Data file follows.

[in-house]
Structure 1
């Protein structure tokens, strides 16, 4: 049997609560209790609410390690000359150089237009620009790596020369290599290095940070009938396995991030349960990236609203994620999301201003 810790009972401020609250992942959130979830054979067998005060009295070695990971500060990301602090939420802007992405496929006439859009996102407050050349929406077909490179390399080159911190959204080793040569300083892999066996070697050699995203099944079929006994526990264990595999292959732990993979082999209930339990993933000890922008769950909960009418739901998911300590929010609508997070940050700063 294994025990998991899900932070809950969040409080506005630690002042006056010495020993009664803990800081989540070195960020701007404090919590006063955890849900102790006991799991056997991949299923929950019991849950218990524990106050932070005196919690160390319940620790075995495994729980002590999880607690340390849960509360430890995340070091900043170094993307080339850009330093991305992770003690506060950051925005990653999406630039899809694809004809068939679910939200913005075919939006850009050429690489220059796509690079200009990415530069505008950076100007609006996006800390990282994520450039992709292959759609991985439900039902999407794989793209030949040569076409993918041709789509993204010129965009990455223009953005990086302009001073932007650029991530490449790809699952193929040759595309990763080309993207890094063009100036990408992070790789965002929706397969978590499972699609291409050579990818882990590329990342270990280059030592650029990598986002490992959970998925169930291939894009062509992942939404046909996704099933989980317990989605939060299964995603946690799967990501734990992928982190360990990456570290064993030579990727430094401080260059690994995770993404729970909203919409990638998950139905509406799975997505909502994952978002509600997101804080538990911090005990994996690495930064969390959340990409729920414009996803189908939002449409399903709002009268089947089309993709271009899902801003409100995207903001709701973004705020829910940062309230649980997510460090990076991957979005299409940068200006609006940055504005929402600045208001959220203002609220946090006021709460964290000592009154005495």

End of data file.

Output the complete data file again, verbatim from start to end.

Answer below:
[in-house]
Structure 1
């Protein structure tokens, strides 16, 4: 049997609560209790609410390690000359150089237009620009790596020369290599290095940070009938396995991030349960990236609203994620999301201003 810790009972401020609250992942959130979830054979067998005060009295070695990971500060990301602090939420802007992405496929006439859009996102407050050349929406077909490179390399080159911190959204080793040569300083892999066996070697050699995203099944079929006994526990264990595999292959732990993979082999209930339990993933000890922008769950909960009418739901998911300590929010609508997070940050700063 294994025990998991899900932070809950969040409080506005630690002042006056010495020993009664803990800081989540070195960020701007404090919590006063955890849900102790006991799991056997991949299923929950019991849950218990524990106050932070005196919690160390319940620790075995495994729980002590999880607690340390849960509360430890995340070091900043170094993307080339850009330093991305992770003690506060950051925005990653999406630039899809694809004809068939679910939200913005075919939006850009050429690489220059796509690079200009990415530069505008950076100007609006996006800390990282994520450039992709292959759609991985439900039902999407794989793209030949040569076409993918041709789509993204010129965009990455223009953005990086302009001073932007650029991530490449790809699952193929040759595309990763080309993207890094063009100036990408992070790789965002929706397969978590499972699609291409050579990818882990590329990342270990280059030592650029990598986002490992959970998925169930291939894009062509992942939404046909996704099933989980317990989605939060299964995603946690799967990501734990992928982190360990990456570290064993030579990727430094401080260059690994995770993404729970909203919409990638998950139905509406799975997505909502994952978002509600997101804080538990911090005990994996690495930064969390959340990409729920414009996803189908939002449409399903709002009268089947089309993709271009899902801003409100995207903001709701973004705020829910940062309230649980997510460090990076991957979005299409940068200006609006940055504005929402600045208001959220203002609220946090006021709460964290000592009154005495």